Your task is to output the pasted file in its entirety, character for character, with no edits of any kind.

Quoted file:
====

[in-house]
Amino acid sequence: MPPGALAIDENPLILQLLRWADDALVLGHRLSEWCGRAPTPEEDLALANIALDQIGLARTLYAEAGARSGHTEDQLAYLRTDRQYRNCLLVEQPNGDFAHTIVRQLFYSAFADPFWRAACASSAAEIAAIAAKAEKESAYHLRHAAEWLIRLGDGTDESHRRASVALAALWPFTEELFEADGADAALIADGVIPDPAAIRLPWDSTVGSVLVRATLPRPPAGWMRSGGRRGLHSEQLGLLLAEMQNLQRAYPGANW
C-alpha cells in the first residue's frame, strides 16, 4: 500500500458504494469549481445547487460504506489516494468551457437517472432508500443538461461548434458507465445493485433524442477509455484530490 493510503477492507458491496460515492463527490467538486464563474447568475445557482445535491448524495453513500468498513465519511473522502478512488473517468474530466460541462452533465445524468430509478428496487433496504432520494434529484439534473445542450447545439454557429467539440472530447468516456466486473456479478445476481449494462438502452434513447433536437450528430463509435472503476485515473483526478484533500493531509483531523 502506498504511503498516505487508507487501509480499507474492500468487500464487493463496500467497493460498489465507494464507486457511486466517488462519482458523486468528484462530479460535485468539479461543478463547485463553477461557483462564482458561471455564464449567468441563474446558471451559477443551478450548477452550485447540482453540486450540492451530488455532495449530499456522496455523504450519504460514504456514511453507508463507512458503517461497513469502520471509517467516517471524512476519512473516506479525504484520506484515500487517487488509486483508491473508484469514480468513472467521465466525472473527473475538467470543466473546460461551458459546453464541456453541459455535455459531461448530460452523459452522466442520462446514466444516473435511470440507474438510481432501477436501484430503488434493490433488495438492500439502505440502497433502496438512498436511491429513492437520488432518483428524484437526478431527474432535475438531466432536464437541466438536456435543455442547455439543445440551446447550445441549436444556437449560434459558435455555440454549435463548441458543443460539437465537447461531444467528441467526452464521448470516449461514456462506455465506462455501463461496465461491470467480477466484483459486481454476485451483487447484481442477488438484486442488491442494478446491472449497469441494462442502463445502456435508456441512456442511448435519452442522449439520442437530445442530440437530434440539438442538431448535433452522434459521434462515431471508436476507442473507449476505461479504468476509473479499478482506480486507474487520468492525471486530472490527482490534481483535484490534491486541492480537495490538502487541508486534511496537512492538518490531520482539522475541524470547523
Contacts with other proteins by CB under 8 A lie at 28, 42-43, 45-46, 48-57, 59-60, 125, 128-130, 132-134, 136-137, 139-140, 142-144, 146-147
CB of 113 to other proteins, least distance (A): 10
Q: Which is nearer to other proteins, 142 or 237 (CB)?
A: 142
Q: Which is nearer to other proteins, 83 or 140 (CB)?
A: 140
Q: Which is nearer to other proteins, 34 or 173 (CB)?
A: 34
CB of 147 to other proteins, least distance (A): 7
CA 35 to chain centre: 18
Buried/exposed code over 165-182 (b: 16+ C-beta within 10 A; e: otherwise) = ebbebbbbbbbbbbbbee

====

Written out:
[in-house]
Amino acid sequence: MPPGALAIDENPLILQLLRWADDALVLGHRLSEWCGRAPTPEEDLALANIALDQIGLARTLYAEAGARSGHTEDQLAYLRTDRQYRNCLLVEQPNGDFAHTIVRQLFYSAFADPFWRAACASSAAEIAAIAAKAEKESAYHLRHAAEWLIRLGDGTDESHRRASVALAALWPFTEELFEADGADAALIADGVIPDPAAIRLPWDSTVGSVLVRATLPRPPAGWMRSGGRRGLHSEQLGLLLAEMQNLQRAYPGANW
C-alpha cells in the first residue's frame, strides 16, 4: 500500500458504494469549481445547487460504506489516494468551457437517472432508500443538461461548434458507465445493485433524442477509455484530490 493510503477492507458491496460515492463527490467538486464563474447568475445557482445535491448524495453513500468498513465519511473522502478512488473517468474530466460541462452533465445524468430509478428496487433496504432520494434529484439534473445542450447545439454557429467539440472530447468516456466486473456479478445476481449494462438502452434513447433536437450528430463509435472503476485515473483526478484533500493531509483531523 502506498504511503498516505487508507487501509480499507474492500468487500464487493463496500467497493460498489465507494464507486457511486466517488462519482458523486468528484462530479460535485468539479461543478463547485463553477461557483462564482458561471455564464449567468441563474446558471451559477443551478450548477452550485447540482453540486450540492451530488455532495449530499456522496455523504450519504460514504456514511453507508463507512458503517461497513469502520471509517467516517471524512476519512473516506479525504484520506484515500487517487488509486483508491473508484469514480468513472467521465466525472473527473475538467470543466473546460461551458459546453464541456453541459455535455459531461448530460452523459452522466442520462446514466444516473435511470440507474438510481432501477436501484430503488434493490433488495438492500439502505440502497433502496438512498436511491429513492437520488432518483428524484437526478431527474432535475438531466432536464437541466438536456435543455442547455439543445440551446447550445441549436444556437449560434459558435455555440454549435463548441458543443460539437465537447461531444467528441467526452464521448470516449461514456462506455465506462455501463461496465461491470467480477466484483459486481454476485451483487447484481442477488438484486442488491442494478446491472449497469441494462442502463445502456435508456441512456442511448435519452442522449439520442437530445442530440437530434440539438442538431448535433452522434459521434462515431471508436476507442473507449476505461479504468476509473479499478482506480486507474487520468492525471486530472490527482490534481483535484490534491486541492480537495490538502487541508486534511496537512492538518490531520482539522475541524470547523
Contacts with other proteins by CB under 8 A lie at 28, 42-43, 45-46, 48-57, 59-60, 125, 128-130, 132-134, 136-137, 139-140, 142-144, 146-147
CB of 113 to other proteins, least distance (A): 10
Q: Which is nearer to other proteins, 142 or 237 (CB)?
A: 142
Q: Which is nearer to other proteins, 83 or 140 (CB)?
A: 140
Q: Which is nearer to other proteins, 34 or 173 (CB)?
A: 34
CB of 147 to other proteins, least distance (A): 7
CA 35 to chain centre: 18
Buried/exposed code over 165-182 (b: 16+ C-beta within 10 A; e: otherwise) = ebbebbbbbbbbbbbbee